World champion Armitstead showed off her rainbow jersey as the race started in her home town of Otley before launching a late bid for glory, only to fall short as Dutch rider Kirsten Wild took the honours from a bunch sprint in Doncaster.

Wild beat Wiggle High5's Lucy Garner to the line after the peloton had caught Armitstead and her two fellow escapees inside the final three kilometres of the 136.5km race.

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"The start was brilliant," said Armitstead. "I had a couple of bike problems to begin with which was difficult but it was a goose pimple moment for me at the beginning to be supported by my community.

"It's not something I ever thought would happen to me - to start a race in my home town and as world champion - both are a surprise and a bonus."

York Press:

Lizzie Armitstead after today's women's race

Armitstead, who is focused on the road race at the Olympics in Rio, had insisted beforehand she was not a contender for victory here and was happy to have put on the show that she did.

"It was worth just giving it a go," she said. "I wouldn't have betted on me in a sprint so I thought I'd at least make it interesting."

Armitstead made her move on the descent after Conisbrough Castle, around 100km into the stage, and was followed by Leah Kirchmann (Liv Plantur), with the pair soon catching early escapee Doris Schweizer of Cylance Pro Cycling.

"I kind of did it by accident," the 27-year-old said of the attack. "I knew I needed to keep it going down the descent because there was a little kicker there, so I thought 'I need to stick it in here, see what happens,' and when I looked behind there were two of us."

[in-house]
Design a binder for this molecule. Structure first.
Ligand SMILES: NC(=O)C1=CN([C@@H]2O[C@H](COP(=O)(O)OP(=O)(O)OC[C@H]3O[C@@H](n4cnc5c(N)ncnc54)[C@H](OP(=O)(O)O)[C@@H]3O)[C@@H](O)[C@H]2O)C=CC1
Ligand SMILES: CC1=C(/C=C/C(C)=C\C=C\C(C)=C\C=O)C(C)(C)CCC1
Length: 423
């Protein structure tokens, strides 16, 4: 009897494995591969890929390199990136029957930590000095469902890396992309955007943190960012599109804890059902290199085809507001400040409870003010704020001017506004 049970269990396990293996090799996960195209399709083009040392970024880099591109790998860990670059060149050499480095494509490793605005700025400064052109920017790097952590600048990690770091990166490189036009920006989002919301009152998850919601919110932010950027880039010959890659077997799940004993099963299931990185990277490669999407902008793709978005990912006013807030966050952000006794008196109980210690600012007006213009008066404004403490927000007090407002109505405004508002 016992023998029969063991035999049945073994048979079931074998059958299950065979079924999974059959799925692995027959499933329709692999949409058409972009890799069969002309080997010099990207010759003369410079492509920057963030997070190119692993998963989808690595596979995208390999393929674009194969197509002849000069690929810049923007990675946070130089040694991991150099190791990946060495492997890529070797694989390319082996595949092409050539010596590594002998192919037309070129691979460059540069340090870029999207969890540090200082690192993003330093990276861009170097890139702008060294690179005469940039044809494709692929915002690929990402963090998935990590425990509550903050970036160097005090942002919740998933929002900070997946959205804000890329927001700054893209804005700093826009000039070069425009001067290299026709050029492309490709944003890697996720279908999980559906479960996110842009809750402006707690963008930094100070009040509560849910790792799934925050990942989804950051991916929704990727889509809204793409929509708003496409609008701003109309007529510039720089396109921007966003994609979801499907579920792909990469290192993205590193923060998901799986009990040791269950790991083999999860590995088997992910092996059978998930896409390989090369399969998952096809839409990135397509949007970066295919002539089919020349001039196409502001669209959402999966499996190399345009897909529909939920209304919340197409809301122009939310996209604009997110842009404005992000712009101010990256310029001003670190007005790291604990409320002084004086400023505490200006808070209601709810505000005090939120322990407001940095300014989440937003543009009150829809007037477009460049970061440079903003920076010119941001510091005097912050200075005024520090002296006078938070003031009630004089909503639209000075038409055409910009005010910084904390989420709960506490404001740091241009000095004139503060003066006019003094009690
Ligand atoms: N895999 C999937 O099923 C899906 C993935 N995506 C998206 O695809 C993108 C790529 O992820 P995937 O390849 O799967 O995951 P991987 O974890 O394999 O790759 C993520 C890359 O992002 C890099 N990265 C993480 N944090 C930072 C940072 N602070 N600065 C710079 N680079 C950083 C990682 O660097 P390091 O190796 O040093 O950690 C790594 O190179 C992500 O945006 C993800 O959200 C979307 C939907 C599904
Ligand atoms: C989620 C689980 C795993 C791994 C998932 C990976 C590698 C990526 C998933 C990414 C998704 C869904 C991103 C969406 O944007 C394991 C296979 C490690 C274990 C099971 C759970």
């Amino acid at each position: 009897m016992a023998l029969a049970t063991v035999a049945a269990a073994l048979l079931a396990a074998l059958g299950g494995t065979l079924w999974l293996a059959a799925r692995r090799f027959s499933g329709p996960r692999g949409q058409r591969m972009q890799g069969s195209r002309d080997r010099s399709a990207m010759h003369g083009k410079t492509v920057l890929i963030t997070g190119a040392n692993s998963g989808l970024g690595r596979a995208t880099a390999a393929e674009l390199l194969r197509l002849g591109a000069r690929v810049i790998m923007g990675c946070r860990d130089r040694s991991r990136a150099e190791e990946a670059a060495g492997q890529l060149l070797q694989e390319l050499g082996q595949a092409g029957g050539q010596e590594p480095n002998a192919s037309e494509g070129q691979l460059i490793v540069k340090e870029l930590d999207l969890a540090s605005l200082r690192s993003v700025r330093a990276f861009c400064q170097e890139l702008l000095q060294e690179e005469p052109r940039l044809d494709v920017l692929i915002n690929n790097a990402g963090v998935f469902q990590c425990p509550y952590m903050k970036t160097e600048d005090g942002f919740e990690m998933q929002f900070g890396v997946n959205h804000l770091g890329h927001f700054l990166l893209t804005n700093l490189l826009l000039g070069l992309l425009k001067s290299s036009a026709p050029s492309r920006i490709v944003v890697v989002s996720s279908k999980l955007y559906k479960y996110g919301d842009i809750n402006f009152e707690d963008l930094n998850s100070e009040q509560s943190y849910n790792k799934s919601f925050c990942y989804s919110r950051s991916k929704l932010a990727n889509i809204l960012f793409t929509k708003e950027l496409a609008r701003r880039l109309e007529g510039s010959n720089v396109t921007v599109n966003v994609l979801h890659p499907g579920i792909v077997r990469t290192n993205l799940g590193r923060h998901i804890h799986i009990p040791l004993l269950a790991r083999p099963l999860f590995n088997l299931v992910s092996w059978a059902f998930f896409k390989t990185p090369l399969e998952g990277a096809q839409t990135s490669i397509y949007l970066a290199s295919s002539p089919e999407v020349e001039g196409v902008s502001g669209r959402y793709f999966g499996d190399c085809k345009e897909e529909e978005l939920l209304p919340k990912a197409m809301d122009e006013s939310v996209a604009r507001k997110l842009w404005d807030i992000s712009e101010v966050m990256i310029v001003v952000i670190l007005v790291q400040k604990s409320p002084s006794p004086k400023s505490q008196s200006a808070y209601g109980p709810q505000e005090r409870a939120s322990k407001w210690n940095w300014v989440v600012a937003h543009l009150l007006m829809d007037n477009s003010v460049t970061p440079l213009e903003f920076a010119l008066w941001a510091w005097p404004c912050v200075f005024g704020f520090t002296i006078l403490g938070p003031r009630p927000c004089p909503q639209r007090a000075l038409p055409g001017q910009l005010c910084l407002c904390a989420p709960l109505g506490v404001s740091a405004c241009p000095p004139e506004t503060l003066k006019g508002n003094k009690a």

Along with Schweizer she built a lead of around one minute as the race briefly headed into Nottinghamshire - paying homage to Britain's first road cycling world champion Tommy Simpson as it passed through his adopted home town of Harworth - but as they turned back north towards Doncaster, the peloton closed in.

After it all came back together in the final stages, Wild jumped out from the pack to claim glory and a bumper cheque of around £15,000 from a prize fund totalling £50,000 - a record for a women's cycling event.

"Thank you to the team for bringing back the break just in time," said Wild, who will share the prize money with her team-mates. "When it came down to the sprint it was good for me, and I am happy to have won.

"It was a great opportunity for women's cycling and it has been really good to race here, in front of enthusiastic crowds."

That bumper prize fund was intended to herald a 'revolution' in women's cycling but one other key element - live coverage from start to finish - fell flat as a relay plane was grounded with a technical fault and no pictures were broadcast - to the immense dismay of organisers.

While that frustrated potential viewers at home, huge crowds once again lined the route as the sun came out following Friday's bad weather.

When asked about the television coverage, Armitstead said: "I had no idea. It's one of those things but at least all the people on the streets saw us, and hopefully we've inspired some of the girls and boys out on the route."